Our inspiration came from a music theory website that has animations that teaches music. We liked the idea of an educational site. So, we thought of a site that could teach sports. We searched for a site that was similar to our or had the functionality that we wanted and we couldn't find it. So we decided to build it.
What it does
The sites purpose is to help teach the game of football, but not just the rules in boring text format. Although, we do have a page for the rules that is not the main focus. We wanted to teach the routes and plays of football by showing a interactive animation right in the browser so the person learning can quickly visualize what each play or defense is. Along with being able to interact and change parts of the animation to see what would happen.
How we built it
We had two people working on the front end and two people working on the back end animations. The front end was built using HTML/CSS and Bootstrap to help with the scaling for mobile and device sizes. We also used some jQuery to help load text. For the back-end we are running the website off of Github and are using a free domain name. The animations for the site where made using PixiJS, which is an open source JS framework. For the characters in the animations we also used paint.net.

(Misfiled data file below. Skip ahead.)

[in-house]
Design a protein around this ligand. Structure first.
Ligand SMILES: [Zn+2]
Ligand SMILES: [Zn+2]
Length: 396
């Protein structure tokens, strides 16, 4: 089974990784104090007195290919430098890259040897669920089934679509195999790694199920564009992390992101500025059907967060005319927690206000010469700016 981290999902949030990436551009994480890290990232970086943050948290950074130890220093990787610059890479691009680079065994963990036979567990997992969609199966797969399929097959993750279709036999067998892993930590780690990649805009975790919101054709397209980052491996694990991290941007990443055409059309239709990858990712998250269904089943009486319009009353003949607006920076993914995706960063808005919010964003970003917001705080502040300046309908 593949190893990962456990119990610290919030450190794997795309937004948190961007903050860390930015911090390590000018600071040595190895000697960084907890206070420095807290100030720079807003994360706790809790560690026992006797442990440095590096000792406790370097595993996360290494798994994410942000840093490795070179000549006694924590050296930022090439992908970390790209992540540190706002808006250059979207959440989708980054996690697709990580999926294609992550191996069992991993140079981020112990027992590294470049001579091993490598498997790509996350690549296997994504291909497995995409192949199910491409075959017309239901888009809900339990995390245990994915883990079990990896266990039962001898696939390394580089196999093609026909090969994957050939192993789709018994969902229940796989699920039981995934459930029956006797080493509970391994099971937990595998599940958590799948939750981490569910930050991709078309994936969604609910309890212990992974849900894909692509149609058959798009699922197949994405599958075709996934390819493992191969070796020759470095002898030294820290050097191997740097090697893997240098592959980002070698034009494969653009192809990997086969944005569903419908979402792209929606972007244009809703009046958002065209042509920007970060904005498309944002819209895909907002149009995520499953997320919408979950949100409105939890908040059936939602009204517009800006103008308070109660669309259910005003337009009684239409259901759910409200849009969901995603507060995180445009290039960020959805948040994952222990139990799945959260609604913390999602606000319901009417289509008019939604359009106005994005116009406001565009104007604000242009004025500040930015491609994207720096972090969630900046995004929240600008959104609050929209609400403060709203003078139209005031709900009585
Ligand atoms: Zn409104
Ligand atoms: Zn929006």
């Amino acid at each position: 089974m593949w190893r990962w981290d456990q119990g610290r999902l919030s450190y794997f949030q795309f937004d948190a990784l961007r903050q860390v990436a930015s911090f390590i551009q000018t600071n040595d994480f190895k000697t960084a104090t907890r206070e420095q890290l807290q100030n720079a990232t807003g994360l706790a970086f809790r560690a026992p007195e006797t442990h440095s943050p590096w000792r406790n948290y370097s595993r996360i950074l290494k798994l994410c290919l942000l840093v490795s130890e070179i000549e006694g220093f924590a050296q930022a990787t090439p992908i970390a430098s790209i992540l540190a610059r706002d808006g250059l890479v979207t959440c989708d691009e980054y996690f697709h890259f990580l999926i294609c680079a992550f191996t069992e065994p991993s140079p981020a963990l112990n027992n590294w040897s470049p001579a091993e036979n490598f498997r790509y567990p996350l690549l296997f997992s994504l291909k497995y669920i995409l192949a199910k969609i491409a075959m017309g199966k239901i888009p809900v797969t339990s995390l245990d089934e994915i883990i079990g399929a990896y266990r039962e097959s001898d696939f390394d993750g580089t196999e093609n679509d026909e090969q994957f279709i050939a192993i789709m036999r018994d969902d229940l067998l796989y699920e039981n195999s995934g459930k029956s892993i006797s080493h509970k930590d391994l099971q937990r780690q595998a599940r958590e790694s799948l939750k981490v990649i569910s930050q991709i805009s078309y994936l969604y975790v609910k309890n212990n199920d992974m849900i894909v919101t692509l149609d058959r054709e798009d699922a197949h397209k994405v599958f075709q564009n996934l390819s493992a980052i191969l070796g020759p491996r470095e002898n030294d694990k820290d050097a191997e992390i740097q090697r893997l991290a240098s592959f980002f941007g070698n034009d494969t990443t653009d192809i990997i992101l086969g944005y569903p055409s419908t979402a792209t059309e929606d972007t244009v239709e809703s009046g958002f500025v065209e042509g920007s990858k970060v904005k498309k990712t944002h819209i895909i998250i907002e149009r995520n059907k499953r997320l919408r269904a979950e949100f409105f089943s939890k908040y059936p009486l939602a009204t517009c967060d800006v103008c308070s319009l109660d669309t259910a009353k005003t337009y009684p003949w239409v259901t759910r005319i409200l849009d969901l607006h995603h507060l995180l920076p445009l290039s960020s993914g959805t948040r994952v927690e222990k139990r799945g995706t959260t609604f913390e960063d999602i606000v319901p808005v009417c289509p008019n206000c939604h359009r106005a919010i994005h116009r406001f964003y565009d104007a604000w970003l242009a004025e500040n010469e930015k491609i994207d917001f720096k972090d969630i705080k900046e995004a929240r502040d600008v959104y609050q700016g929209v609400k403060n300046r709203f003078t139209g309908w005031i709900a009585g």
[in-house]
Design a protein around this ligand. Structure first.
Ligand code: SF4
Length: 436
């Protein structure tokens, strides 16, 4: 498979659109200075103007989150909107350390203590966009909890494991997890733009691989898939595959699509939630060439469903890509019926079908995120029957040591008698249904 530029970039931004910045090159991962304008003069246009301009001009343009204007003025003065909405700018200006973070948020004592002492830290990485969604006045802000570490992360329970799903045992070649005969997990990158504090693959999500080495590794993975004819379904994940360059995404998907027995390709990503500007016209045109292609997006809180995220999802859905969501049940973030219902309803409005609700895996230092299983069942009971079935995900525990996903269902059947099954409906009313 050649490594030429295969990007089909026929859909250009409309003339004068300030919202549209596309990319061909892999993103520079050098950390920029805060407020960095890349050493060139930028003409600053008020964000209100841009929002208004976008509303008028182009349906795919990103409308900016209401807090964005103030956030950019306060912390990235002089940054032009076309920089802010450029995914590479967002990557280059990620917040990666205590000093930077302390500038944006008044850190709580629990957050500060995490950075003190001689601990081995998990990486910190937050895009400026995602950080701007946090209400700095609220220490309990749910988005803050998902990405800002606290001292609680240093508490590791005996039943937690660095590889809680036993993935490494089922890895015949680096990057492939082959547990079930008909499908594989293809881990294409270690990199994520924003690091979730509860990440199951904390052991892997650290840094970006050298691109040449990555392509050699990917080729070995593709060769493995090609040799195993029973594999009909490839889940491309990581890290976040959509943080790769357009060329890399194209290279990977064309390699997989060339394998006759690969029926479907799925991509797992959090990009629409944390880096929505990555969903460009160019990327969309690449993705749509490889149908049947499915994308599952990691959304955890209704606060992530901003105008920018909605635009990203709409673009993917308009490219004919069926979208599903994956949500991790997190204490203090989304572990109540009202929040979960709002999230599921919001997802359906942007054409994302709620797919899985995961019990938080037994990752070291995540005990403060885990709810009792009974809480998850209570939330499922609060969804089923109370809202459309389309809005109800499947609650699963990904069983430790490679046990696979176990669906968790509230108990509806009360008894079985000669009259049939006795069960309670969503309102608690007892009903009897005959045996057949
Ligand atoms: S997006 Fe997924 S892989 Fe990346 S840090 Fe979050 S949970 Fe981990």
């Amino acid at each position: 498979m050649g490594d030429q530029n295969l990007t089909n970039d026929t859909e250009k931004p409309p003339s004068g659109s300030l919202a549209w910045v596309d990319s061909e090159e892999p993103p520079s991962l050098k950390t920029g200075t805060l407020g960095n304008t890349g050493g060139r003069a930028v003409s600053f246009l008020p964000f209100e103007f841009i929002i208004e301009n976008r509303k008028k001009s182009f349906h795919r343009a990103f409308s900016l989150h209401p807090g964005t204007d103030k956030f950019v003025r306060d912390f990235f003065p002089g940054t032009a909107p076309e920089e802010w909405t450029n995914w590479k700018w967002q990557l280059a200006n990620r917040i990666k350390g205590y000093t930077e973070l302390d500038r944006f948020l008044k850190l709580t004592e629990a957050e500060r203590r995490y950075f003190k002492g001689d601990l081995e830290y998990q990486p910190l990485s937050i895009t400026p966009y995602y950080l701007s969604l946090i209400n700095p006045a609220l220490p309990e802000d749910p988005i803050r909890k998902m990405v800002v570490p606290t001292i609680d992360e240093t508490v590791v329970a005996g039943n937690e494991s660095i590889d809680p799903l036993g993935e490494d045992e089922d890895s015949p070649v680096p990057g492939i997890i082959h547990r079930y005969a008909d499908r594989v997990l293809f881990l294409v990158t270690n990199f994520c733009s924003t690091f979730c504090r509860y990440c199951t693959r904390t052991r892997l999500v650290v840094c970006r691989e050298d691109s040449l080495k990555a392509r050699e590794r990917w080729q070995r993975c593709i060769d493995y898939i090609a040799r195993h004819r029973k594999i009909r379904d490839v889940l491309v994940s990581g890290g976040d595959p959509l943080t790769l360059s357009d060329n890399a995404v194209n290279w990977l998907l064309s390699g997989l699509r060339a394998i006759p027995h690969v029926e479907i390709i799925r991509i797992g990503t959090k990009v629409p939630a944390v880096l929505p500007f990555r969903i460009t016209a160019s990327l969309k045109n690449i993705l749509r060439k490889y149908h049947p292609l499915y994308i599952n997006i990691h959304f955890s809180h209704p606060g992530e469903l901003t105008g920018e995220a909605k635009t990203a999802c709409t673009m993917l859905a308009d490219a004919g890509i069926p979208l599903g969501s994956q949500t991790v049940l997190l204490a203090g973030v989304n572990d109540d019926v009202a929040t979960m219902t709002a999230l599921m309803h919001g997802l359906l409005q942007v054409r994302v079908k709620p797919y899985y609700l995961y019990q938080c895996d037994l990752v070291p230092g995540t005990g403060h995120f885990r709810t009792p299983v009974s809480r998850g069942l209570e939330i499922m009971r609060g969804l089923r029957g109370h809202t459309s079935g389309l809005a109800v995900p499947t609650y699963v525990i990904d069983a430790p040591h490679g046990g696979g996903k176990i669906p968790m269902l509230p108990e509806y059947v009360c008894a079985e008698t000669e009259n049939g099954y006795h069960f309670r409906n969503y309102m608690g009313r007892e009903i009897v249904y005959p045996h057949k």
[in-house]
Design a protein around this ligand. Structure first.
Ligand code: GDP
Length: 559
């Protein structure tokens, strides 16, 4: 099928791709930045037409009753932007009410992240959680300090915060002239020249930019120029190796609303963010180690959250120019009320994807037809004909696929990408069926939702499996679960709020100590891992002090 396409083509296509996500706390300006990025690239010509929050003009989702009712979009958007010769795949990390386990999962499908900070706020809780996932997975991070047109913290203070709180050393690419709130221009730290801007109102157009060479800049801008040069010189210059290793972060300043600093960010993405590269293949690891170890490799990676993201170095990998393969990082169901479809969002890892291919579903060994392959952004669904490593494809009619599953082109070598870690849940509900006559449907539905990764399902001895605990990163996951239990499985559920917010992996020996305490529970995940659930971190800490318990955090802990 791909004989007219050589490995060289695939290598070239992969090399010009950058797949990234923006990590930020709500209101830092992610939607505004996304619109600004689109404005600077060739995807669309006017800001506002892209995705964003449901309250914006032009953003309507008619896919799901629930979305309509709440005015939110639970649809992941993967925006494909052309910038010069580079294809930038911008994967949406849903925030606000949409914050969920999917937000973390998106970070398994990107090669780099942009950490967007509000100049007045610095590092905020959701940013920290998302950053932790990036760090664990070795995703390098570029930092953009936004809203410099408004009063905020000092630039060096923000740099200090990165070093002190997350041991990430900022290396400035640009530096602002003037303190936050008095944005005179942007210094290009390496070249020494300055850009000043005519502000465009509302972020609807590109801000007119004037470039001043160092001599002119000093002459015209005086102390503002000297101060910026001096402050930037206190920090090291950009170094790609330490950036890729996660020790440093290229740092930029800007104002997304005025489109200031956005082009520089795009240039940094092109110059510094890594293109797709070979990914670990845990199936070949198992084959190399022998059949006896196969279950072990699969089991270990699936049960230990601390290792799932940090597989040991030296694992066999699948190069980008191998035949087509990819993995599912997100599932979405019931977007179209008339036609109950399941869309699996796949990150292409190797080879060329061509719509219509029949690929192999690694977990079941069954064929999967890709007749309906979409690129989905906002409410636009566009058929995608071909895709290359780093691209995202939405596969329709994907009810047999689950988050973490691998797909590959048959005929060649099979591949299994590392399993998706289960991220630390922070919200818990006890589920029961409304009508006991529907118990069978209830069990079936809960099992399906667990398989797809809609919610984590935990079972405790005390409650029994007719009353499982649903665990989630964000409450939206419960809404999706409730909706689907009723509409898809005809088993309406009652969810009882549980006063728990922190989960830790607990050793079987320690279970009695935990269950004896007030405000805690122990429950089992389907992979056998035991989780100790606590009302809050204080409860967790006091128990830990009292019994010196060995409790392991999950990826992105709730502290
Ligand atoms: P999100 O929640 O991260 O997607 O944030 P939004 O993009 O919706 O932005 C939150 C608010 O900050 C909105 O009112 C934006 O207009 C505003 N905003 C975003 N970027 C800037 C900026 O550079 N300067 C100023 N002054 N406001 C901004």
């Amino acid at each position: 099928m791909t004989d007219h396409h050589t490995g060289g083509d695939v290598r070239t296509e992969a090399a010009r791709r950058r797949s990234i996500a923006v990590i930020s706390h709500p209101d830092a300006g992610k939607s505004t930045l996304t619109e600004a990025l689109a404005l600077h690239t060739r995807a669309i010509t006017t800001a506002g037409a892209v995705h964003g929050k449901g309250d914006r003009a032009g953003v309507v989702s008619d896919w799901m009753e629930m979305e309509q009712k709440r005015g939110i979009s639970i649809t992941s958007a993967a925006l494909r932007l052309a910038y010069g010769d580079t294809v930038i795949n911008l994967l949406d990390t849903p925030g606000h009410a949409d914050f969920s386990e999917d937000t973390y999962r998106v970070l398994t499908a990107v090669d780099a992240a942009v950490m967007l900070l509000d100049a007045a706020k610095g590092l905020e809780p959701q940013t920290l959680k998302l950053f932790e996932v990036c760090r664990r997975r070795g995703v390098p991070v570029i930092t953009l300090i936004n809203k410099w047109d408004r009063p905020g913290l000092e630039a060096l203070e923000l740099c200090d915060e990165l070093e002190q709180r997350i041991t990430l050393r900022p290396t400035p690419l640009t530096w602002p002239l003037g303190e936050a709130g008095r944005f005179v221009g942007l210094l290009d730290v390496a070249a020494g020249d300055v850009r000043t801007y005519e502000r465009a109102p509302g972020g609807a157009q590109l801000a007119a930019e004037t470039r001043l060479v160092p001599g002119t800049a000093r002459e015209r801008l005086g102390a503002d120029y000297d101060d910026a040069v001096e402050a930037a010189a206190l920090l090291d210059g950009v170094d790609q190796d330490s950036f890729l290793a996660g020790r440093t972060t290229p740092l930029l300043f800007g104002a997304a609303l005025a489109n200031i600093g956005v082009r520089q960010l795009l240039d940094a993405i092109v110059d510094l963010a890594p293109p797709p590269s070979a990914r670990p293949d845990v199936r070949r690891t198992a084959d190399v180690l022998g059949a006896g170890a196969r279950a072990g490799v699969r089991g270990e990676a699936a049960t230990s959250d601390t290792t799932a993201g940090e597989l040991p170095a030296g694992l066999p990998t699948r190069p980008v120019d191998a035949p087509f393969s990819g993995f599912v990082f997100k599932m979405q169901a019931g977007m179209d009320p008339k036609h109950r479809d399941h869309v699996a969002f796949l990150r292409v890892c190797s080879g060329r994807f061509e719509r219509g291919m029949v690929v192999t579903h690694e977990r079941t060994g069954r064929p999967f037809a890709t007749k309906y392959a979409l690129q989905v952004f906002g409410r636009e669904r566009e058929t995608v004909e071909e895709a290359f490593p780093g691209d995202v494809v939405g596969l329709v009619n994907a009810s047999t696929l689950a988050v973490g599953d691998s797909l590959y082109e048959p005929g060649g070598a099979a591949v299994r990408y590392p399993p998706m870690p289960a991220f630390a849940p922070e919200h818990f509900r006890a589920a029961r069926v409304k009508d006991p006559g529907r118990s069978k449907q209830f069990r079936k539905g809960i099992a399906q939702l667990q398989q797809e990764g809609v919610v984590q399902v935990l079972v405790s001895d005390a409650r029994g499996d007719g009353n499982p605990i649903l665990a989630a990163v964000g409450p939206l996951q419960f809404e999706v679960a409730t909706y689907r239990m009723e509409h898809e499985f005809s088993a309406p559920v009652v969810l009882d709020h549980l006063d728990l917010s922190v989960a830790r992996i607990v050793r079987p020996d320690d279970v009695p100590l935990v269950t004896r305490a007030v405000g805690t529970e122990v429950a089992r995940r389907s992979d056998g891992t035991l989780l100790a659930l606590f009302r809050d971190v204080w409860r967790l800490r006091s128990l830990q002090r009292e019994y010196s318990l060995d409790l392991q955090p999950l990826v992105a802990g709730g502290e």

Challenges we ran into
Half the group had never used Git before so learning git, and then trying to avoid merge conflicts while not messing up the master branch. Also, learning a new JS framework pixiJS. Although we had used JS before we had to learn what was built in.
Accomplishments that we're proud of
Learning Git and not completely destroying our repo.
What we learned
How to host a website on Github for free. How to use pixiJS. Some of us learned how to you Git and Github to successfully version control a project. We also learned how to work as a team better to get the project done.